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Archive for Sunday, September 20, 1998

LATEST EFFORT TRACES PROLIFIC CAREER

September 20, 1998

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Internationally acclaimed photographer-musician Gordon Parks says Kansas has remained his ``touchstone.''

Half Past Autumn: A Retrospective

Gordon Parks

ust follow your Momma's teachings and you'll be all right'' instructed Poppa to the youngest of his 15 children just after Sarah Parks died. And what teachings those must have been to enable 15-year-old Gordon to leave Fort Scott alone and with little education, to become a world-famous photographer, photojournalist, writer, composer, poet, movie director and beloved humanitarian.

Now 85, and ``at half past autumn I'm all roses, thorns, shadows and dreams. ... I still have a passion for living.'' His only regrets? Sorrow that his parents did not live to see him fulfill their dreams and his, and that they still lie in Fort Scott's segregated cemetery.

In ``Half Past Autumn'' (Bulfinch Press, $65), Parks includes 17 chapters on his multifaceted career, all liberally laced with his stark black-and-white and brilliant color photography. He both starts, and ends, with ``Kansas, always my touchstone.''

Although he painfully documents the results of segregation in chapters on Kansas, Harlem, black fighter pilots and civil rights, and includes a long section on Ella Watson, the black charwoman in the soul-searing ``American Gothic,'' Parks has never allowed bitterness to master him. Instead he focuses on his and, he hopes, others' ``choice of weapons'': words, cameras, music, intellect, feelings and the basic goodness of people.

With a used camera purchased for $7.50, Parks began his career first as a fashion photographer at Vogue, using colors, shapes, models and clothes to form breathtaking compositions. (Parks still loves fashion photography and includes recent works). Then with that skill developed, he turned to documentary photography, photographing tenements, commuters, migrants, children, riots and ``American Gothic.''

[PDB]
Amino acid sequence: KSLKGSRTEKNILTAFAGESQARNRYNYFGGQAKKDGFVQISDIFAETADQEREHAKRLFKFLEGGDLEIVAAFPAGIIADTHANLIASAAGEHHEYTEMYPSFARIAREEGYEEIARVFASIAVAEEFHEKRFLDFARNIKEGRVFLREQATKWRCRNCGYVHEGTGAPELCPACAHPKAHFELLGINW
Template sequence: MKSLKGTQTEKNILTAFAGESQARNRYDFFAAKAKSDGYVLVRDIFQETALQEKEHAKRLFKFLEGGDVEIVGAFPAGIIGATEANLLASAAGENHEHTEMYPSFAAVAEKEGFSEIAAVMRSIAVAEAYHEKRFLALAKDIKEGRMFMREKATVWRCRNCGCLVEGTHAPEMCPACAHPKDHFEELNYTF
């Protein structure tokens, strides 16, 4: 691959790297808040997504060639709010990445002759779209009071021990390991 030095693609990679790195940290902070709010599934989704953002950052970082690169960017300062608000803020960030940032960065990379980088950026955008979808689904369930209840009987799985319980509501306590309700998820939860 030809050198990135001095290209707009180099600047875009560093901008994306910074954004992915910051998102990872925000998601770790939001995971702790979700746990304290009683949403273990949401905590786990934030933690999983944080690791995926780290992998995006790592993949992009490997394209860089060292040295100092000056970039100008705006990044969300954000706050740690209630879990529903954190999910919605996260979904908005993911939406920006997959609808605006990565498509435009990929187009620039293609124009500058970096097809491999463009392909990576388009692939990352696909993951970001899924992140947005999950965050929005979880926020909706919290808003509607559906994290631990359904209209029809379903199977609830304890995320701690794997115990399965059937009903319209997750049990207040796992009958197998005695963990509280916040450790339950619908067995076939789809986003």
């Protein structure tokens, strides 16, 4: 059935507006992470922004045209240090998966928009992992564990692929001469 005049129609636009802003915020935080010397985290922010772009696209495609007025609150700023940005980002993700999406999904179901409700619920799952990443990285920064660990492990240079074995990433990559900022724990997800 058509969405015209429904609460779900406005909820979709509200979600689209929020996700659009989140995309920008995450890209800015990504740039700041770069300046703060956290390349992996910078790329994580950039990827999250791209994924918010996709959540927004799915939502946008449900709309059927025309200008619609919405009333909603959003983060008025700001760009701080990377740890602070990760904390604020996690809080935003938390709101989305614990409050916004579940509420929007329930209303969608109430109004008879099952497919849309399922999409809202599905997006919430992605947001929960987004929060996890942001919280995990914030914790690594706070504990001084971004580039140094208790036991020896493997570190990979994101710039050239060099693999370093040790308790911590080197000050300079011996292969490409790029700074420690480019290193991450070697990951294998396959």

Life magazine hired him for both fashion and documentary photography and sent him with his family to Europe in 1950, their first experience in nonracist living. After witnessing the death of a young matador, Parks realized he was composing elegiac music in his head. Six months later his first piano concerto was performed.

Poetry followed. So did portraits of displaced kings and queens, villagers, refugees and Cold War life.

Then Flavio. A Life magazine assignment sent Parks to the favelas of Rio de Janeiro in 1961 for a story on Latin American poverty. He focused on the da Silva family of 10. Flavio was the oldest, sickly, dirty cook and caretaker for the seven younger ones, and barely 10 himself. Parks' compassion enabled him to write and photograph perhaps his most memorable work.

Life's readers quickly contributed $30,000 to move the da Silvas and bring Flavio to the United States for life-saving medical care. Parks here completes the sweet/sad chapter of Flavio's life. He lives, healthy but unhappily, in the house Life readers bought his family, ``his fondest dreams chewed up without good reason.''

Civil rights photojournalism preceded his first autobiographical novel, ``The Learning Tree.'' Suddenly he was called by Hollywood to direct a movie of it, becoming the first black film director. Eighteen other novels and several movies followed.

In 1986, Gordon Parks was named Kansan of the Year and is proud of that title. Today he continues new ways of photographing, writing, composing and simply being. He devotes his closing chapter to his family. Married and divorced three times, Parks lovingly recalls Sally, Elizabeth and Genevieve, and their magnificent years together.

``I will walk beside them ... and they will be there for me'' (Indeed, all three did stand together with him at the opening of his ``Retrospective'' exhibit in Washington, D.C.). He concludes, ``My children and grandchildren are like a gathering of fine jewels.''

Surely Kansans and others recognize Gordon Parks as one of our finest jewels as well.

Note: Gordon Parks received many honorary doctorates, but no high school diploma. Lawrence High School had the honor of rectifying this when he spoke there in 1993. Charles Park, then assistant principal at LHS, awarded his great uncle an honorary LHS diploma.

-- by Sandra Wiechert, community relations coordinator at Lawrence Public Library

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